The japanners of London and Boston went a step further. They created objects that actually told sea narratives rather than objects that simply resembled the narratives’ illustrations. We can begin to understand how japanned furniture tells a story by considering the way the images on the Pickman high chest echo two of the sea narrative’s essential characteristics. First, they evoke a location that almost all of the sea narratives illustrate and describe, the Asian coast. Comparing the japanned surface to the images of the coastline that appear in one of the most lavishly illustrated sea narratives, Johan Nieuhof’s Embassy from the East-India Company . . . (1673), makes this connection clear. The houses on the lower drawer of the upper case of the Pickman chest (fig. 4) bear a strong resemblance to the small town pictured in Nieuhof’s engraving of the Anhing section of the Chinese coast (fig. 5). Like the houses in this image, the buildings on the high chest are horizontally proportioned and positioned low to the ground and close to one another in a single line. Similarly, the ﬁgures on the drawer above (fig. 6) are depicted in the manner of the coastal inhabitants illustrated in Nieuhof’s book (fig. 7). Like Nieuhof’s engraving of “Chinese Men,” the high chest presents small groups of men and children walking across the landscape wearing loose, flowing clothing.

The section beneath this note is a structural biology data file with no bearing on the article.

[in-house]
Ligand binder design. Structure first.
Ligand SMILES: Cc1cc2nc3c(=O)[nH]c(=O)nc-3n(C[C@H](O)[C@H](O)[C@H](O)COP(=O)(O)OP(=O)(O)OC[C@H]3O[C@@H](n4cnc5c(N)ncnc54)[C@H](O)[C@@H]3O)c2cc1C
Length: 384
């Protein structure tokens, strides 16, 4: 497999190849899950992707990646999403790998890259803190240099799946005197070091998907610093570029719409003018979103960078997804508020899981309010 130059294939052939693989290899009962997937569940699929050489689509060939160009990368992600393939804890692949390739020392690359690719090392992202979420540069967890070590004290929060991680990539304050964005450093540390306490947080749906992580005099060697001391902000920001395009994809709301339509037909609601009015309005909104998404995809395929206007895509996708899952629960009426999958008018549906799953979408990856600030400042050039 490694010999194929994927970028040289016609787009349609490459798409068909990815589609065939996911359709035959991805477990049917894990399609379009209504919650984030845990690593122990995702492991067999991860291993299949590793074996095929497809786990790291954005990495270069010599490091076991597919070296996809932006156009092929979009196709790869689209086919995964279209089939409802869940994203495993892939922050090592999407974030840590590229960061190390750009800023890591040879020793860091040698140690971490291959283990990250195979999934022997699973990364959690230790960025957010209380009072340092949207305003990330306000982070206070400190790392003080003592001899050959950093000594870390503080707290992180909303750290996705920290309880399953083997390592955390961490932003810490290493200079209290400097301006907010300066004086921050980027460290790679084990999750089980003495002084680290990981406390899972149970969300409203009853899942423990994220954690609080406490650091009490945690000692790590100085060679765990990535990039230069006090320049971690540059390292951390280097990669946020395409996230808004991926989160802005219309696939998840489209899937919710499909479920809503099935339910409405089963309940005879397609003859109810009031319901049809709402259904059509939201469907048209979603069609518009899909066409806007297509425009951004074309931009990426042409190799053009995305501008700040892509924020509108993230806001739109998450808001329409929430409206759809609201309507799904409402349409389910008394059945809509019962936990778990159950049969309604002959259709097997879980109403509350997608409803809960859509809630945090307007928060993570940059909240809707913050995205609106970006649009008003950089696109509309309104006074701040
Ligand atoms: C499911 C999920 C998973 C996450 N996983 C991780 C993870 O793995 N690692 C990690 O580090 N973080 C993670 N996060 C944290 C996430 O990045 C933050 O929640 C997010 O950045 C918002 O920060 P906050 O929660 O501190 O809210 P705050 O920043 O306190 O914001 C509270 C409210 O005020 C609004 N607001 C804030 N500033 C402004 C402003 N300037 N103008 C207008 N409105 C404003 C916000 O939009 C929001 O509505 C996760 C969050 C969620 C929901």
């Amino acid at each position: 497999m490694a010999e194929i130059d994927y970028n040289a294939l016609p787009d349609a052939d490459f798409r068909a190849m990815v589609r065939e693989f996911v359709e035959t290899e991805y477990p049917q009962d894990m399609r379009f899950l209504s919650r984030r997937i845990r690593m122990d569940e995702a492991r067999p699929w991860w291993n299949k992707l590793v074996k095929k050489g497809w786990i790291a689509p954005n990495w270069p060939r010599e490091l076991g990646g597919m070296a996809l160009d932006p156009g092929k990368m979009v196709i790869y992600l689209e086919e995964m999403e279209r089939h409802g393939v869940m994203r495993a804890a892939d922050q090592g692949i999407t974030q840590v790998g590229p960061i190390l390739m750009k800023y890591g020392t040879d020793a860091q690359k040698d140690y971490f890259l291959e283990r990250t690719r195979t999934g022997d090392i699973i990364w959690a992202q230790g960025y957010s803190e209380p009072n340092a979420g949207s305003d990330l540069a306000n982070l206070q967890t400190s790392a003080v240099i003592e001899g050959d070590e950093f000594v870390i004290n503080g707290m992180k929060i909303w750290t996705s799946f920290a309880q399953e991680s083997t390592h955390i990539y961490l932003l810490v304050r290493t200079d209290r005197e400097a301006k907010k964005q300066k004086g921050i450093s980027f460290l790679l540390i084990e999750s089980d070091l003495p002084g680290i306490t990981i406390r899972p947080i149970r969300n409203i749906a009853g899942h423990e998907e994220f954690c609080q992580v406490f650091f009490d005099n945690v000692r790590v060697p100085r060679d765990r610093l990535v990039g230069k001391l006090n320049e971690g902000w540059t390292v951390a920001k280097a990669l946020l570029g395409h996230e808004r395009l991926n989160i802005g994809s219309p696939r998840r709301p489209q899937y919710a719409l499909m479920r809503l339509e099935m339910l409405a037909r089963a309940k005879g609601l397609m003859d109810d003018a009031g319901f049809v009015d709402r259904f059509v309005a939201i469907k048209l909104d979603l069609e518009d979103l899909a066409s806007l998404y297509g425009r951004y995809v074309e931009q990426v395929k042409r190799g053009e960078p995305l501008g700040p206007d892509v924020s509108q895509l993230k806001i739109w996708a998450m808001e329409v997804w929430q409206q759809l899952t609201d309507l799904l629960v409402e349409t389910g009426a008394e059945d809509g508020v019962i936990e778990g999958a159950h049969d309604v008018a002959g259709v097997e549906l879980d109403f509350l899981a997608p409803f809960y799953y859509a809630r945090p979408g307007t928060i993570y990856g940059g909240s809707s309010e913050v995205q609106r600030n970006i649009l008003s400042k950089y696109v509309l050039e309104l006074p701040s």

In addition to these details, other images on the japanned surfaces correspond to aspects of the Asian coastline that the authors of the sea narratives discuss in their texts (fig. 8). Many of the images, for example, relate to the descriptions of the coast of St. John’s, an island off China, in William Dampier’s A New Voyage Round the World, a best-selling sea narrative published in its ﬁfth edition in 1729. The two long-necked birds stationed behind the keyhole on the uppermost large drawer and the small birds hovering on the bottom drawer resemble the “tame fowls . . . ducks and cocks and hens and small birds” that Dampier described flying around the coast, the triangular bridges on the upper large drawer call to mind the bridges he encountered, and the ﬁgures spread across each drawer of the high chest resemble the inhabitants the captain observed as he sailed toward the island. As he notes,